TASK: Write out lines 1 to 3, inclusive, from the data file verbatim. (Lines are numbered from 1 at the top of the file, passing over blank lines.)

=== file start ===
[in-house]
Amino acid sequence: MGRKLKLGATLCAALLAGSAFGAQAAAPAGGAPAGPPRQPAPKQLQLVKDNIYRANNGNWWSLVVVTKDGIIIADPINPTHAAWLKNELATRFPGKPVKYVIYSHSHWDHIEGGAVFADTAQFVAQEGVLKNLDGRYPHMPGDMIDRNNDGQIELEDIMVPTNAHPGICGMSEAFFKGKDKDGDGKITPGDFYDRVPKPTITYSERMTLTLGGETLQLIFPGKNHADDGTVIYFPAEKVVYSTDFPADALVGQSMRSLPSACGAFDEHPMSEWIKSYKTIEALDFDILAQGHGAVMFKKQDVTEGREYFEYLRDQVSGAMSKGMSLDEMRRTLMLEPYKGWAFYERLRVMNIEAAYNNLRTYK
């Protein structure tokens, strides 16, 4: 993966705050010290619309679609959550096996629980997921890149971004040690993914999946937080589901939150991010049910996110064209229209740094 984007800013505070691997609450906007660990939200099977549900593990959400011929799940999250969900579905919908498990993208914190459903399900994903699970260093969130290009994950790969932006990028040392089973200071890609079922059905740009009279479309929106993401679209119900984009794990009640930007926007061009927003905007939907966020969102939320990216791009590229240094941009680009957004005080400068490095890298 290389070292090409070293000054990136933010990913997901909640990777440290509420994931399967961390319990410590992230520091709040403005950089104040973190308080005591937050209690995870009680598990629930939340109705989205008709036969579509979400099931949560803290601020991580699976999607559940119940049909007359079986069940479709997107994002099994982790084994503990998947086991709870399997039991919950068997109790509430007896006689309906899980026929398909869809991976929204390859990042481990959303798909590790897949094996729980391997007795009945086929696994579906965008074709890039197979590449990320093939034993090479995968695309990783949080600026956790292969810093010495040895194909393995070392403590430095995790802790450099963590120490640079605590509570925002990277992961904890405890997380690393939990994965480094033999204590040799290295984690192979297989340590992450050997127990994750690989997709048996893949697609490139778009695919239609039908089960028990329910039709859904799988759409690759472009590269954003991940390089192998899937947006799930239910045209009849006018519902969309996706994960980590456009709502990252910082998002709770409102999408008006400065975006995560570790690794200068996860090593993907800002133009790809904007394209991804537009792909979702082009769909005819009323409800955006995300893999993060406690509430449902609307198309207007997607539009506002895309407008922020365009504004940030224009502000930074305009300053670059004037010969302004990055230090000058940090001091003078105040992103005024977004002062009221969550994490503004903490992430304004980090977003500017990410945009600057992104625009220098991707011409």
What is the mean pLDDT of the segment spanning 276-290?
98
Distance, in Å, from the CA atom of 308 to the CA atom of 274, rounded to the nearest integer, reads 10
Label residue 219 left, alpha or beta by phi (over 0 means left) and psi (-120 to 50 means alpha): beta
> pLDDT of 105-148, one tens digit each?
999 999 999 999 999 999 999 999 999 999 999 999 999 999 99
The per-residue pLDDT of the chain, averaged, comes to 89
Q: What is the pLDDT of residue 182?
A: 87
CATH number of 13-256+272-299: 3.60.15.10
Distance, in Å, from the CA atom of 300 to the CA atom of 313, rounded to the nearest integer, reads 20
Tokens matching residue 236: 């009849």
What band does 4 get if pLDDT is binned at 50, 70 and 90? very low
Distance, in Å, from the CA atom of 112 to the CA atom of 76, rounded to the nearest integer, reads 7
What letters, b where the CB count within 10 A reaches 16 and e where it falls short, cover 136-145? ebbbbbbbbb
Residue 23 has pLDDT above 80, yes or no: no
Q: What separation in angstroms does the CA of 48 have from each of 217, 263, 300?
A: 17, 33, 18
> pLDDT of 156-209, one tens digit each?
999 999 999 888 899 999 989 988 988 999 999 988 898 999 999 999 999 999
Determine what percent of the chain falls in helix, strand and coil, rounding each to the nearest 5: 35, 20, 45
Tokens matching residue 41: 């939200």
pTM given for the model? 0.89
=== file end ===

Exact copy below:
[in-house]
Amino acid sequence: MGRKLKLGATLCAALLAGSAFGAQAAAPAGGAPAGPPRQPAPKQLQLVKDNIYRANNGNWWSLVVVTKDGIIIADPINPTHAAWLKNELATRFPGKPVKYVIYSHSHWDHIEGGAVFADTAQFVAQEGVLKNLDGRYPHMPGDMIDRNNDGQIELEDIMVPTNAHPGICGMSEAFFKGKDKDGDGKITPGDFYDRVPKPTITYSERMTLTLGGETLQLIFPGKNHADDGTVIYFPAEKVVYSTDFPADALVGQSMRSLPSACGAFDEHPMSEWIKSYKTIEALDFDILAQGHGAVMFKKQDVTEGREYFEYLRDQVSGAMSKGMSLDEMRRTLMLEPYKGWAFYERLRVMNIEAAYNNLRTYK
């Protein structure tokens, strides 16, 4: 993966705050010290619309679609959550096996629980997921890149971004040690993914999946937080589901939150991010049910996110064209229209740094 984007800013505070691997609450906007660990939200099977549900593990959400011929799940999250969900579905919908498990993208914190459903399900994903699970260093969130290009994950790969932006990028040392089973200071890609079922059905740009009279479309929106993401679209119900984009794990009640930007926007061009927003905007939907966020969102939320990216791009590229240094941009680009957004005080400068490095890298 290389070292090409070293000054990136933010990913997901909640990777440290509420994931399967961390319990410590992230520091709040403005950089104040973190308080005591937050209690995870009680598990629930939340109705989205008709036969579509979400099931949560803290601020991580699976999607559940119940049909007359079986069940479709997107994002099994982790084994503990998947086991709870399997039991919950068997109790509430007896006689309906899980026929398909869809991976929204390859990042481990959303798909590790897949094996729980391997007795009945086929696994579906965008074709890039197979590449990320093939034993090479995968695309990783949080600026956790292969810093010495040895194909393995070392403590430095995790802790450099963590120490640079605590509570925002990277992961904890405890997380690393939990994965480094033999204590040799290295984690192979297989340590992450050997127990994750690989997709048996893949697609490139778009695919239609039908089960028990329910039709859904799988759409690759472009590269954003991940390089192998899937947006799930239910045209009849006018519902969309996706994960980590456009709502990252910082998002709770409102999408008006400065975006995560570790690794200068996860090593993907800002133009790809904007394209991804537009792909979702082009769909005819009323409800955006995300893999993060406690509430449902609307198309207007997607539009506002895309407008922020365009504004940030224009502000930074305009300053670059004037010969302004990055230090000058940090001091003078105040992103005024977004002062009221969550994490503004903490992430304004980090977003500017990410945009600057992104625009220098991707011409």